Who Is The Sustainable Shopper?
Sales of sustainable products are up across the board. In the U.S. alone, we expect that U.S. sustainably minded shoppers will spend up to $150 billion on sustainable fast-moving consumer goods (FMCG) by 2021.
But as sustainability sophistication in both products and consumers advances, the landscape and what sustainability means to individuals becomes increasingly complex. As consumers become more discerning, they’re taking more of an interest in how products are made, how companies treat their workers, and a range of other sustainability-related areas of real concern.
To win, companies need to understand who the sustainable shopper is, as well as how their lifestyle needs and expectations may influence their buying habits and preferences in the years to come.
Sustainability attributes range from complex terms such as “Terracycle certified” to the general “Ethical.” Instead of diving into specific attributes, Nielsen has created a framework to help companies understand what resonates. Research shows that consumers evaluate sustainability with a “Healthy for Me and Healthy for We” lens and are using this to make buying decisions for their families and to evaluate which products or brands align with their values.
According to recent research, sustainable shoppers in the U.S. tend to be well-educated young transitionals who live in smaller households and live in urban cities. Companies can use this high-level view to frame the needs and demands of the typical sustainable consumer.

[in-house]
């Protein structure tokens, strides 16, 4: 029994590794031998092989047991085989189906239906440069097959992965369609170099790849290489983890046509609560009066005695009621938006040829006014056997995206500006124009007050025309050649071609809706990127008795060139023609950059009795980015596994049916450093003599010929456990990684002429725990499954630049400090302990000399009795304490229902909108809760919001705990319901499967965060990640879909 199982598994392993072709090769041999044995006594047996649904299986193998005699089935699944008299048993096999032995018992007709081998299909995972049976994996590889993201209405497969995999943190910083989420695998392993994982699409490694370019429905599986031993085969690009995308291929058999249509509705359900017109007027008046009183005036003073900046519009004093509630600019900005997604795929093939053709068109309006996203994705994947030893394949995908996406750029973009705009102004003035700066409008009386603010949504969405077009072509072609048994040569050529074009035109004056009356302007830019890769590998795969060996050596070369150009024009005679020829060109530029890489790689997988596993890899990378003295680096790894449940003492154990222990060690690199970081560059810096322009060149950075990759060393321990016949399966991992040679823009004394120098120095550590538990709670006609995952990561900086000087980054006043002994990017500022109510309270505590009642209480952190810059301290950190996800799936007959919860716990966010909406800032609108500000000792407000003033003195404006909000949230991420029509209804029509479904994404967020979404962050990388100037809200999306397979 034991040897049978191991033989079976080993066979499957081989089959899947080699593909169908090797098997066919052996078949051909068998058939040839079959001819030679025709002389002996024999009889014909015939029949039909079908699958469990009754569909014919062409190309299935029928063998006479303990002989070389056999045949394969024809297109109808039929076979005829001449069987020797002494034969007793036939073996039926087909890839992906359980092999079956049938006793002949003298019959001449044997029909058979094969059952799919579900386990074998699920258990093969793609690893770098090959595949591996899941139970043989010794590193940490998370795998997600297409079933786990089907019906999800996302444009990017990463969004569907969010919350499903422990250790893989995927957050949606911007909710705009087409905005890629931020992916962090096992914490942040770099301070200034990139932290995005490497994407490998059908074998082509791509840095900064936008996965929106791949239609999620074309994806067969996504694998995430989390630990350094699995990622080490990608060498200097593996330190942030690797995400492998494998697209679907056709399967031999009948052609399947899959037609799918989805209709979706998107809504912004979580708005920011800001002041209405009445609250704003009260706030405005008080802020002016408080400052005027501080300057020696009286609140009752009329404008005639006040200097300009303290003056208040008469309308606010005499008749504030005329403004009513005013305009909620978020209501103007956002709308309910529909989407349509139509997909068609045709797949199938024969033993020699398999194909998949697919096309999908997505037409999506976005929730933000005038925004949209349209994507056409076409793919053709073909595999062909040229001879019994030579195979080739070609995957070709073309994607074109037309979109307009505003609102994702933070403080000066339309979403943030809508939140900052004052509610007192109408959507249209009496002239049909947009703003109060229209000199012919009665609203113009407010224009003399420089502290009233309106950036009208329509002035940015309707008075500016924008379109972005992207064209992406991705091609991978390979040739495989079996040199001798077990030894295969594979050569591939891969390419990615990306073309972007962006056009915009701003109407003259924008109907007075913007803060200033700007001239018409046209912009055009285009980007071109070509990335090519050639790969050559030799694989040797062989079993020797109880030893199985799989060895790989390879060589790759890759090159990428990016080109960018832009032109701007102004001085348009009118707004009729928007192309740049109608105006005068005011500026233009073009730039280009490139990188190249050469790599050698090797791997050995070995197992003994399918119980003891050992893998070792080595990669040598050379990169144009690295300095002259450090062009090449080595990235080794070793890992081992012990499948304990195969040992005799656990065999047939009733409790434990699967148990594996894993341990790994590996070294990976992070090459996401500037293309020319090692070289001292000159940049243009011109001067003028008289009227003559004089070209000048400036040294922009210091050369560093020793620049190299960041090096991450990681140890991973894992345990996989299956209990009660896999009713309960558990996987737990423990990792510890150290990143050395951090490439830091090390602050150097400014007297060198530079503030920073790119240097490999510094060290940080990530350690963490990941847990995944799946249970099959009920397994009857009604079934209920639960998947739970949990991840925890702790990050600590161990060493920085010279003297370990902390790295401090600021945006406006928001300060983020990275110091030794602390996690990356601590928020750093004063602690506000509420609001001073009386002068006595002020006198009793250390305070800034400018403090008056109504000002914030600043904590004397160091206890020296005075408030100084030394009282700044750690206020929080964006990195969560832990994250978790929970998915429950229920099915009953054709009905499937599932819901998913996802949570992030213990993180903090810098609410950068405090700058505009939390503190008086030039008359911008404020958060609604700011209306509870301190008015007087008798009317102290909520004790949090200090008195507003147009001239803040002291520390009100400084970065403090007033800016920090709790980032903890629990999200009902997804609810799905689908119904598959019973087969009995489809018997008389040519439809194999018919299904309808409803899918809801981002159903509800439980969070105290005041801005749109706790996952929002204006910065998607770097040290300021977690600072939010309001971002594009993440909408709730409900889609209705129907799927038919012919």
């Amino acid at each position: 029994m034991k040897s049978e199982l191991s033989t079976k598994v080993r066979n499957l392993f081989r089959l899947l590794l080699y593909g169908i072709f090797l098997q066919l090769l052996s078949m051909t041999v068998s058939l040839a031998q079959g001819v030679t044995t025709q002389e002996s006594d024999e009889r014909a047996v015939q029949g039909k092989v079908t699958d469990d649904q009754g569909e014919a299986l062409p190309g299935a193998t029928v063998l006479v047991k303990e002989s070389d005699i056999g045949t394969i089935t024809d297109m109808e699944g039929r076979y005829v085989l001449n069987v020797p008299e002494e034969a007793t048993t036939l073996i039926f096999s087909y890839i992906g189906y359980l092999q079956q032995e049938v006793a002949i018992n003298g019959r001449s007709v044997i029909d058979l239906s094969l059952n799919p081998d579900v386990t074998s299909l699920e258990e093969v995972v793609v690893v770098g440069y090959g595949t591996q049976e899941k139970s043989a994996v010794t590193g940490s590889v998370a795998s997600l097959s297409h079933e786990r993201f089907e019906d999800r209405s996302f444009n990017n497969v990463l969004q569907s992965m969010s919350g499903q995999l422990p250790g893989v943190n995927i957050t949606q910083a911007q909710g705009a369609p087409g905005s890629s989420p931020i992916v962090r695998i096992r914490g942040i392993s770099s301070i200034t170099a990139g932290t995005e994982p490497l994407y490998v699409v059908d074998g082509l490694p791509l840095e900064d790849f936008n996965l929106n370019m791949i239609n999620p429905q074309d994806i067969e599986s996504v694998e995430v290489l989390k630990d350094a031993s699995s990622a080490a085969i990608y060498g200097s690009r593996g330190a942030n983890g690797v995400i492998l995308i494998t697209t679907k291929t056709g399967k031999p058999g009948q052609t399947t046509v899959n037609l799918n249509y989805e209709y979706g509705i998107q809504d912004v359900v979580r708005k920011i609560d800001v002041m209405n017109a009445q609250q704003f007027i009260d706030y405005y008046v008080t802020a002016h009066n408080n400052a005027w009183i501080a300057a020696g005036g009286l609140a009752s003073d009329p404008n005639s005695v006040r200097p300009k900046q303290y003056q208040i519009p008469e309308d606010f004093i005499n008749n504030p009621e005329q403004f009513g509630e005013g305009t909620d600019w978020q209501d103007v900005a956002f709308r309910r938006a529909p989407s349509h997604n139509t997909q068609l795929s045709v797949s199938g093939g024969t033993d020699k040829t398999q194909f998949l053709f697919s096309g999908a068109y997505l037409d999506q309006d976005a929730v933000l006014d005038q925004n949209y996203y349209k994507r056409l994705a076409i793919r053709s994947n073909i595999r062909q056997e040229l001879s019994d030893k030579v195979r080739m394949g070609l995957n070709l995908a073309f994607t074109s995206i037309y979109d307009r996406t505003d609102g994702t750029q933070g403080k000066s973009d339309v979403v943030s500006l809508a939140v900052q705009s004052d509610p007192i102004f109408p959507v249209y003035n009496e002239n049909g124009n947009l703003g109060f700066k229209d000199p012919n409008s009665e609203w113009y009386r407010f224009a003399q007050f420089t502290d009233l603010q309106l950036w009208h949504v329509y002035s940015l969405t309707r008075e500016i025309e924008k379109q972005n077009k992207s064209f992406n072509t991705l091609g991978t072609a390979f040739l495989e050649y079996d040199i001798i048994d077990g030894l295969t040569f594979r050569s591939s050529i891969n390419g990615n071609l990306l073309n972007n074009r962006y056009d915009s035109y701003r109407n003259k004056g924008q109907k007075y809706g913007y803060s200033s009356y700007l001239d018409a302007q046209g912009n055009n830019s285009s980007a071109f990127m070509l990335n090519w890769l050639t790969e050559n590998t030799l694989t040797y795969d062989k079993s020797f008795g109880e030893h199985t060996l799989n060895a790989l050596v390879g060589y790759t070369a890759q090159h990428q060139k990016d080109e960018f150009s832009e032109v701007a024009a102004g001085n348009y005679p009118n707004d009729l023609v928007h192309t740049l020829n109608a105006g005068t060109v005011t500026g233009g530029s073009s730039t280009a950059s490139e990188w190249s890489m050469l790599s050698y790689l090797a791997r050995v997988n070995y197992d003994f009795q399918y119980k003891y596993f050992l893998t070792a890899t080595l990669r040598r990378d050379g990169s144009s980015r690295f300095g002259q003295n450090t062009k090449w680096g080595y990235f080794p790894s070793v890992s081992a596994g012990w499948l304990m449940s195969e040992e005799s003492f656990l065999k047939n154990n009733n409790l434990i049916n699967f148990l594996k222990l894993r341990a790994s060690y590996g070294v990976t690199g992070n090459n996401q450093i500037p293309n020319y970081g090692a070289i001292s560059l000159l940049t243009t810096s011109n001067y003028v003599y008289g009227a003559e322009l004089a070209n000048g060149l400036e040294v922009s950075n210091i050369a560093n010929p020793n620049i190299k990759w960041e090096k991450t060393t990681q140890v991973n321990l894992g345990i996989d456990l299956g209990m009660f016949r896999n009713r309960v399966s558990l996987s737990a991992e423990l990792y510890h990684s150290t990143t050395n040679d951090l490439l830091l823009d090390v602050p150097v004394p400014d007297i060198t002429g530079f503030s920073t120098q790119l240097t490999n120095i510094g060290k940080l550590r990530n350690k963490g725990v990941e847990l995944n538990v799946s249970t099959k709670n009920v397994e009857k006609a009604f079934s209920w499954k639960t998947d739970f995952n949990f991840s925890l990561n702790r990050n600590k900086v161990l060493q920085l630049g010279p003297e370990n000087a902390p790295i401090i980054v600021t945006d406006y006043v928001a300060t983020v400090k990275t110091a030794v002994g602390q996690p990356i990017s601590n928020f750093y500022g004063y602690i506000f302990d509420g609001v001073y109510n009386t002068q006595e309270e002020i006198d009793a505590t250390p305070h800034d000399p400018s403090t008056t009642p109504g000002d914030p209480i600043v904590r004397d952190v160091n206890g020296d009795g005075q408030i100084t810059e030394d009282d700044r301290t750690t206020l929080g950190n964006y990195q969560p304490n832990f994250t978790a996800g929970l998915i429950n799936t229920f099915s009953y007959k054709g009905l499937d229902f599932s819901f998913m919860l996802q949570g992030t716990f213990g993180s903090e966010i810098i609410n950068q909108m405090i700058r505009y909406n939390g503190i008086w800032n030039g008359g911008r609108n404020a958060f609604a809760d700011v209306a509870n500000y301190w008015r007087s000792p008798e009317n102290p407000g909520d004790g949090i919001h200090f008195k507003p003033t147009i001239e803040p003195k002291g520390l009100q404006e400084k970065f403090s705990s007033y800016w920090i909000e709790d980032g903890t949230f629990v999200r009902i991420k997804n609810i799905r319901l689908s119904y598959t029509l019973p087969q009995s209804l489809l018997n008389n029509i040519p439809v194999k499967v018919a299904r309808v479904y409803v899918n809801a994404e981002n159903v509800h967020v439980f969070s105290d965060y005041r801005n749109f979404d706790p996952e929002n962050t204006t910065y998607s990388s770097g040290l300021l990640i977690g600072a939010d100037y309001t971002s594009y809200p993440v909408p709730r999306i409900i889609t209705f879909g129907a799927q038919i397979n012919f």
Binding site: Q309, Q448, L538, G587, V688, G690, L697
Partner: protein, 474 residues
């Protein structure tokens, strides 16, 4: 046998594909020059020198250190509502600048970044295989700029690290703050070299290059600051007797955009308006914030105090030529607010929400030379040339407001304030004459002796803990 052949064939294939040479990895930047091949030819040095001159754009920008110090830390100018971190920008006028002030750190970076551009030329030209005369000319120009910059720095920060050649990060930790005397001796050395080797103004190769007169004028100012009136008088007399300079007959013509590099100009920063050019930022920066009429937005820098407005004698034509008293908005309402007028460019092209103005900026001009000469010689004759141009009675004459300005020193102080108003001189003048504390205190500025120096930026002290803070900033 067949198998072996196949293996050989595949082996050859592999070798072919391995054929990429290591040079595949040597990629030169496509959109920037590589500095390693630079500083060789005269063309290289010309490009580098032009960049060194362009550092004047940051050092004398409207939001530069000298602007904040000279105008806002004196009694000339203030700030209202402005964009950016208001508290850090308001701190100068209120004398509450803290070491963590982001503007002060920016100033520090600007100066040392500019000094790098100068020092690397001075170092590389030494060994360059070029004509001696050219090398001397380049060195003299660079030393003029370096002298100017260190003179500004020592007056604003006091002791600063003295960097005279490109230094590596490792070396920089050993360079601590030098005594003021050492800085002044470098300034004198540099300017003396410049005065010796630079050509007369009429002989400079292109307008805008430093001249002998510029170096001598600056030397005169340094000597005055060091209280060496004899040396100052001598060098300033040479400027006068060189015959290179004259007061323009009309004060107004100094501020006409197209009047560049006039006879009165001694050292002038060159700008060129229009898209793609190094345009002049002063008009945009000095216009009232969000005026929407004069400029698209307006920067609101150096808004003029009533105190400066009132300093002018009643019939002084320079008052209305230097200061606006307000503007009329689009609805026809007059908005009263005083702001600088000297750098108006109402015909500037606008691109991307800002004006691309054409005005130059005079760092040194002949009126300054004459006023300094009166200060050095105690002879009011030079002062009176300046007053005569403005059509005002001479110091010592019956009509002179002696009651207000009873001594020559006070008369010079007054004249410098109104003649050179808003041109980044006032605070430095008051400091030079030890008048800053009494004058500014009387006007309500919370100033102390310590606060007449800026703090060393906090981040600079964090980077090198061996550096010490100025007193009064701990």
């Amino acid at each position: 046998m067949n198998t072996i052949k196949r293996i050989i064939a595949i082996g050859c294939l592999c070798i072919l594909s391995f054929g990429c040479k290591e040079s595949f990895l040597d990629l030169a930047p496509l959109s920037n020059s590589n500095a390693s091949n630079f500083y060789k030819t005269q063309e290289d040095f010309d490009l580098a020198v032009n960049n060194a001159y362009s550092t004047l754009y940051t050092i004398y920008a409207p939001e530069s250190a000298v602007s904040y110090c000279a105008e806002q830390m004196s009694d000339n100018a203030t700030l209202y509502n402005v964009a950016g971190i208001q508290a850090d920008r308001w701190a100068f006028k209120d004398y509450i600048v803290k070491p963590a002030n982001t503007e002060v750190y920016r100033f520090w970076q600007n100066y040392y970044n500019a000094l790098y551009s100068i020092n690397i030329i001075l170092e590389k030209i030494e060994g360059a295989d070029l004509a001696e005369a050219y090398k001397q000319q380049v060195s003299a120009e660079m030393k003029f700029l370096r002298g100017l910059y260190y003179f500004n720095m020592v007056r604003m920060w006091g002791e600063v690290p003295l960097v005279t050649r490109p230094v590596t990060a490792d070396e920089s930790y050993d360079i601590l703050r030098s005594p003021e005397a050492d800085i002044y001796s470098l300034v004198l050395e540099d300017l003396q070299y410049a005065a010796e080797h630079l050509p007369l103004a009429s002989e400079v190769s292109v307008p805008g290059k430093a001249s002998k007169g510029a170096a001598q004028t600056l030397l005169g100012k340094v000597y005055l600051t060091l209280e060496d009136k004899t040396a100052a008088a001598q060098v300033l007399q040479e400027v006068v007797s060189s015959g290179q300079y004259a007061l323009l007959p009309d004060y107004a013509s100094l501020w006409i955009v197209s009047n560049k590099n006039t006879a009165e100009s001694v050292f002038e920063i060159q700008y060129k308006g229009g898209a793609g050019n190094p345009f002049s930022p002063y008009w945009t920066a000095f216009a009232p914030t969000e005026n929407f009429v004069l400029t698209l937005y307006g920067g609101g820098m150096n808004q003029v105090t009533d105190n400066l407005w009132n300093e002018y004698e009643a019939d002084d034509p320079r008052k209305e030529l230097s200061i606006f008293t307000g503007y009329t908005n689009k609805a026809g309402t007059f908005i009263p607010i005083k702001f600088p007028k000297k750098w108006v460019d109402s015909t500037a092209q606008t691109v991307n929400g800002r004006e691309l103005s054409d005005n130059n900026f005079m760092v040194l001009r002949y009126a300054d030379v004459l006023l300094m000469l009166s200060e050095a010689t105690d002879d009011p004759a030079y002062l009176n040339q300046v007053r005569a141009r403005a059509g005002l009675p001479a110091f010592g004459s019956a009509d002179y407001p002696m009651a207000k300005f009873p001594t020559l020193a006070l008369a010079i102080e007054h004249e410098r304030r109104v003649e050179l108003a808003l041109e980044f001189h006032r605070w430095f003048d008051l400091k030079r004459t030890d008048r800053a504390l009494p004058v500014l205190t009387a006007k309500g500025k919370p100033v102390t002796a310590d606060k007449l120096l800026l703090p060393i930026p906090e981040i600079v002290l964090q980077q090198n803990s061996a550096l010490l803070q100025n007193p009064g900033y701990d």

“Layering additional consumer data, whether from retailers or manufacturers or third parties, can help enrich segmentation profiles that deliver a detailed, yet strategic view of who your sustainable shopper is. Are they seeking specific sustainability traits? Or are they accidental sustainable shoppers?,” says Sarah Schmansky, Vice President, Nielsen U.S. Fresh / Health and Wellness Growth and Strategy.
When it comes to understanding sustainability, it’s critical for companies to look at consumers’ motivations, or psychographics, about sustainability, and connect them to their actual purchasing behavior. In short, are consumers buying what they say they will?
The answer is yes. Today, more than half (64%) of U.S. households buy sustainable products, up four percentage points from a year ago. While the majority of these sales are concentrated in coastal cities like Boston and Portland, Oregon, the sustainability trend is making its way into the heart of America. Up-and-coming cities for both sustainability and Millennial growth include Salt Lake City and Kansas City.
Once brands and retailers know where the sustainable shoppers are, they need to know how to engage them. Our demographic data shows that sustainable shoppers are more likely to be digitally engaged, as they readily use their devices to sift through the myriad of information available when making purchasing decisions. Consumers with a mindset and lifestyle focused on health and sustainability are 67% more likely to be digitally engaged, and they’re also more likely to shop online (11%), on a handheld device (22%) and to use their devices when shopping in-store (12%).
“Those who are digitally engaged will turn to their devices to answer ‘what’s healthy for me and for the world?’ in order to help them purchase products that further their beliefs and avoid products that don’t,” said Julia Wilson, Vice President, Global Responsibility & Sustainability. “It’s clear that investing in a digital strategy to engage with these consumers will make a huge difference in how much your sustainability message resonates and breaks through the clutter.”
For additional insights, check out our recent Consumers Buy The Change They Wish To See in The World report.